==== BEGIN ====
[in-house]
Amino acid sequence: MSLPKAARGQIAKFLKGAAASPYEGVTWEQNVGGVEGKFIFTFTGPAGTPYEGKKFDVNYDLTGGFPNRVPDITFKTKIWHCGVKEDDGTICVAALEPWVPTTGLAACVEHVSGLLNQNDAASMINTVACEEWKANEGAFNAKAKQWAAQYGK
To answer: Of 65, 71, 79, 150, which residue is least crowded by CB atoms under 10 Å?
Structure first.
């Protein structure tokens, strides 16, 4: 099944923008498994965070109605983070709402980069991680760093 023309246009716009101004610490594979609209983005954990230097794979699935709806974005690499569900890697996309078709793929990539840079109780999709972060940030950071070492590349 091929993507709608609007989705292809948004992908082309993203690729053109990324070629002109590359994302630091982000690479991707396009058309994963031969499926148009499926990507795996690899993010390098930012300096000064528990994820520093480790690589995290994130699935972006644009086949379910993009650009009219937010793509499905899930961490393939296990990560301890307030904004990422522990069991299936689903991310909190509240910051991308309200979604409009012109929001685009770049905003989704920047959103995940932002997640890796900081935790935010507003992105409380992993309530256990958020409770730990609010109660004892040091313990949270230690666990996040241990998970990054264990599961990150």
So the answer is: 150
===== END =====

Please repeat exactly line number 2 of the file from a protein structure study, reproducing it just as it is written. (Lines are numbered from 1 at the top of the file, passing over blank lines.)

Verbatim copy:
Amino acid sequence: MSLPKAARGQIAKFLKGAAASPYEGVTWEQNVGGVEGKFIFTFTGPAGTPYEGKKFDVNYDLTGGFPNRVPDITFKTKIWHCGVKEDDGTICVAALEPWVPTTGLAACVEHVSGLLNQNDAASMINTVACEEWKANEGAFNAKAKQWAAQYGK